NHRMC was recently awarded a $175,000 3-year grant by the North Carolina Department of Health & Human Services to fund a Community Health Worker-Doula Program. The grant will provide education and maternal support to black women in NHRMC’s service area in an effort to address inequities in care continuity and racial disparities in pregnancy-related outcomes. The contract will be facilitated by Marissa Bryant, Health Equity Outreach Coordinator who is also lead of the Infant Mortality and Maternal Health Task Force, also known as First Year Cape Fear.
First Year Cape Fear is a community platform to represent the Infant Mortality and Maternal Health Task Force created by NHRMC's Health Equity department to address the racial disparity in the infant mortality rates in our community. The task force represents community partners across New Hanover, Pender and Columbus County. The purpose of First Year Cape Fear is to mobilize a multidisciplinary network of regional stakeholders to develop a strategy for decreasing the incidence and prevalence of African American infant deaths by improving maternal health outcomes.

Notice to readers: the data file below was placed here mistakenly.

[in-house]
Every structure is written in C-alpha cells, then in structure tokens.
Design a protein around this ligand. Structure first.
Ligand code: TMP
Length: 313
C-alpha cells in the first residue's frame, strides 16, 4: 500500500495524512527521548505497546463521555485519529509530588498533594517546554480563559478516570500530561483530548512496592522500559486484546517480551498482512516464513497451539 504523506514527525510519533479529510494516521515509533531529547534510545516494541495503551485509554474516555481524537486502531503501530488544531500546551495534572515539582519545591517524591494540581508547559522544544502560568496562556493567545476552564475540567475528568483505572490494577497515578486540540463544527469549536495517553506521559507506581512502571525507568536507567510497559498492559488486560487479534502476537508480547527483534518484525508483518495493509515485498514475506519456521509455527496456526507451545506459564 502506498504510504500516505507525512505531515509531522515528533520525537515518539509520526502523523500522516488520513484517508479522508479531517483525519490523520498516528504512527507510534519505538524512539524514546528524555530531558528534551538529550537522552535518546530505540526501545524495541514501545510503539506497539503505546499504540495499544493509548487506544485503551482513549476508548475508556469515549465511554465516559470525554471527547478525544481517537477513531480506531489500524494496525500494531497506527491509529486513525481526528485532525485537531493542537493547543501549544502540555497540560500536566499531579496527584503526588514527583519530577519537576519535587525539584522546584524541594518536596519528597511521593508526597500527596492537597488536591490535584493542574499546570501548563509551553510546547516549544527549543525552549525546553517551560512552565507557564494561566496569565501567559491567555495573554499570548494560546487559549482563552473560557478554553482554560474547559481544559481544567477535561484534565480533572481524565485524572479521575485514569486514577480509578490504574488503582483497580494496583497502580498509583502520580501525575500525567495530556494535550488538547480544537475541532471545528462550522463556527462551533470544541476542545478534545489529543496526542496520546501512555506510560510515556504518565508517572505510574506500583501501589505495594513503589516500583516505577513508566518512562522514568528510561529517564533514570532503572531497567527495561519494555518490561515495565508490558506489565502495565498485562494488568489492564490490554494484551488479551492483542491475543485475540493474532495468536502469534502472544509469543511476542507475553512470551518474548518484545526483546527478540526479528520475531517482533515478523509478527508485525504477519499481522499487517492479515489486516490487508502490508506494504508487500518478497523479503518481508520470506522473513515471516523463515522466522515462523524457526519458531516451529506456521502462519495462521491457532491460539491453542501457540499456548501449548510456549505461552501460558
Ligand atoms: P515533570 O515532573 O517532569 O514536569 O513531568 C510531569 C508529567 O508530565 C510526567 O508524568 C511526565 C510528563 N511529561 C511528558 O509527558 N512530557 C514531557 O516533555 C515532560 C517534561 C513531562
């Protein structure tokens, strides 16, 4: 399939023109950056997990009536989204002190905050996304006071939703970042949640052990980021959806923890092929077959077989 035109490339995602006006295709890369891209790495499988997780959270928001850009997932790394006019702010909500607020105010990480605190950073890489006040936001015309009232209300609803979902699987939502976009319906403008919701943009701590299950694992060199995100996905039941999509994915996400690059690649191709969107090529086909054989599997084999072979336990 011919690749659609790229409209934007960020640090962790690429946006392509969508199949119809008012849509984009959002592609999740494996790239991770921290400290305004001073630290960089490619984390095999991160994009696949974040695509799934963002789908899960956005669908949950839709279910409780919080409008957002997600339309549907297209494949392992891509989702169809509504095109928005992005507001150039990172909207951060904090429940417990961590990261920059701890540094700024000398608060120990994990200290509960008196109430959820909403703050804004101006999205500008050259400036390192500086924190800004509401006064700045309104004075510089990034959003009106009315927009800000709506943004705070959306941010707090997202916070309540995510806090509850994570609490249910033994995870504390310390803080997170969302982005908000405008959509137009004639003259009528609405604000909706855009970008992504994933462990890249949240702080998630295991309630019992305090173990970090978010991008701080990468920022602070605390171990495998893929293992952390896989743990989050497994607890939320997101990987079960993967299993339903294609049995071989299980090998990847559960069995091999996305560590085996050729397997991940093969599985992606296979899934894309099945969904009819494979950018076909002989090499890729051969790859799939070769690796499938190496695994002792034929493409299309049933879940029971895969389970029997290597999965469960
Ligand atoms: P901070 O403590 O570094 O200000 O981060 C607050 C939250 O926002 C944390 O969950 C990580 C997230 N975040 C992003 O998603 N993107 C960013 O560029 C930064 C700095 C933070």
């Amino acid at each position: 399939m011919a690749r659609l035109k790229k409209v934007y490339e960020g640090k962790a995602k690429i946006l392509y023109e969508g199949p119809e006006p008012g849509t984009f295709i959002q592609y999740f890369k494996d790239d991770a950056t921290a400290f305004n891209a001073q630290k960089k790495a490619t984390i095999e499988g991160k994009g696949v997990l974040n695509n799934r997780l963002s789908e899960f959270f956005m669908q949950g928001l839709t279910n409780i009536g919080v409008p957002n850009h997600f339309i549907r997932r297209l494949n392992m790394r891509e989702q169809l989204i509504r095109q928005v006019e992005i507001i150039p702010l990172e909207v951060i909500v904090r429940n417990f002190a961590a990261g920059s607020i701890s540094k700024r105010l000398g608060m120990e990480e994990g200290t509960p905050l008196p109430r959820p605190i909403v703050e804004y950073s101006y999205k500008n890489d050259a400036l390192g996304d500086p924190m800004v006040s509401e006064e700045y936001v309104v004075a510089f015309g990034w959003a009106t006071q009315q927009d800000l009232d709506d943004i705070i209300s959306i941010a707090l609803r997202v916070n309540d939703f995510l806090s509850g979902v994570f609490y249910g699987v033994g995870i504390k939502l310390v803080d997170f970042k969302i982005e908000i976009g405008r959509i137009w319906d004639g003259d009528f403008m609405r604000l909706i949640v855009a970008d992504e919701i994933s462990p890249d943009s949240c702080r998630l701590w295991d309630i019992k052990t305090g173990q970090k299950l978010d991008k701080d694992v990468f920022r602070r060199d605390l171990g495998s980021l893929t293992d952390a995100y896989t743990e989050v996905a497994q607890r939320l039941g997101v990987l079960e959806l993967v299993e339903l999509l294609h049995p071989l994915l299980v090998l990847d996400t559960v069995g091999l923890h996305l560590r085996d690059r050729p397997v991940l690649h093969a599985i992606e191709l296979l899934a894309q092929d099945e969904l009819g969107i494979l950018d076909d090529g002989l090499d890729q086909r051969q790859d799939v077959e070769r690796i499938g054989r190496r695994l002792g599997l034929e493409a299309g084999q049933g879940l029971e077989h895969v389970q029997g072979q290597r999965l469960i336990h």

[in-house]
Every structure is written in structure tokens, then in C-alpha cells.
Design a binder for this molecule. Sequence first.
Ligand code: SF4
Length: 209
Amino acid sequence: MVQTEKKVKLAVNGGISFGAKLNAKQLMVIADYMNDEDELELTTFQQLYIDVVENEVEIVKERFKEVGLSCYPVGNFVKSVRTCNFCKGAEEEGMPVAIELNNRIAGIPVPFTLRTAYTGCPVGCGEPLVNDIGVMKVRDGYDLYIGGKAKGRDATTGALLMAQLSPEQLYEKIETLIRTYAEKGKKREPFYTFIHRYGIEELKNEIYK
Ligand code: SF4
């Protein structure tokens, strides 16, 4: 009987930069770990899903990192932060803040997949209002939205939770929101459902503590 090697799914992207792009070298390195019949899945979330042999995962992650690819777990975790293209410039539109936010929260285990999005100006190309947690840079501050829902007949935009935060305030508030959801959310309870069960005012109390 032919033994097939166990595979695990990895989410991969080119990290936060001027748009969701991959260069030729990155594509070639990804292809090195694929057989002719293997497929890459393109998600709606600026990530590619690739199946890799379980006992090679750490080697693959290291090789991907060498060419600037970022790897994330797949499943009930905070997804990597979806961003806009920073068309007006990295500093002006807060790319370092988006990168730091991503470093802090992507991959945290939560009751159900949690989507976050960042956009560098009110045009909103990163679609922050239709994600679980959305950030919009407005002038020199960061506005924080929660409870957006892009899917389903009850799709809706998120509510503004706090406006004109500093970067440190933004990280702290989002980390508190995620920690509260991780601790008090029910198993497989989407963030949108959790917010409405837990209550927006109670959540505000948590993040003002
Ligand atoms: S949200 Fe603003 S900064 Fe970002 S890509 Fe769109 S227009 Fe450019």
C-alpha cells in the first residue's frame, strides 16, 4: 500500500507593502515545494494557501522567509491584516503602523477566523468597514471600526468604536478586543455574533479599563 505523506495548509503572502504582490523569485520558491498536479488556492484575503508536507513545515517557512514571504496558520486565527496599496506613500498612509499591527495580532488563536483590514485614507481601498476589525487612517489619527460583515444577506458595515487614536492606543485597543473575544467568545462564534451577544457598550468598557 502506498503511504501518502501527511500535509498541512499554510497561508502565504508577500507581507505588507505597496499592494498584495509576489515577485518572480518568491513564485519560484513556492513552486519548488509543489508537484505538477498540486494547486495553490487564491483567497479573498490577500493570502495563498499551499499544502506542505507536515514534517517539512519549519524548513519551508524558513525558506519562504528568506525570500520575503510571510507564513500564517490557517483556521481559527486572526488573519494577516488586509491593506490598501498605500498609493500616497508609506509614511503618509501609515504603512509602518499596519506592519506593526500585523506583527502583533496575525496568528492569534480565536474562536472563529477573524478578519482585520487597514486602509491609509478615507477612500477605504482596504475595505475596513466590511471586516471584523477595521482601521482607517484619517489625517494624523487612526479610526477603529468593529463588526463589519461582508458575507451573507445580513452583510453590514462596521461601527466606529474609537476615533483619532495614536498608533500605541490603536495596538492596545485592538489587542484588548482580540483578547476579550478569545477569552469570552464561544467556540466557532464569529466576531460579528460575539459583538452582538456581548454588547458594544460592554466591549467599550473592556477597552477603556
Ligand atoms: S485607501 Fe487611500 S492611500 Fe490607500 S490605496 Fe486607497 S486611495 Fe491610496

Together, the team will work to identify root causes, risk factors, and strategies for improving the health of expectant mothers to minimize risks during current and subsequent pregnancies.
First Year Cape Fear Will Serve To:
- Raise awareness of the racial disparity in infant mortality rates
- Share community initiatives that address the disparity
- Connect individuals and community organizations dedicated to maternal health, infant health and racial equity.
- Facilitate research to understand the health and experiences of Black families to better inform community practices
- Educate families, practitioners, and institutions on strategies aimed at mitigating maternal and infant health disparities.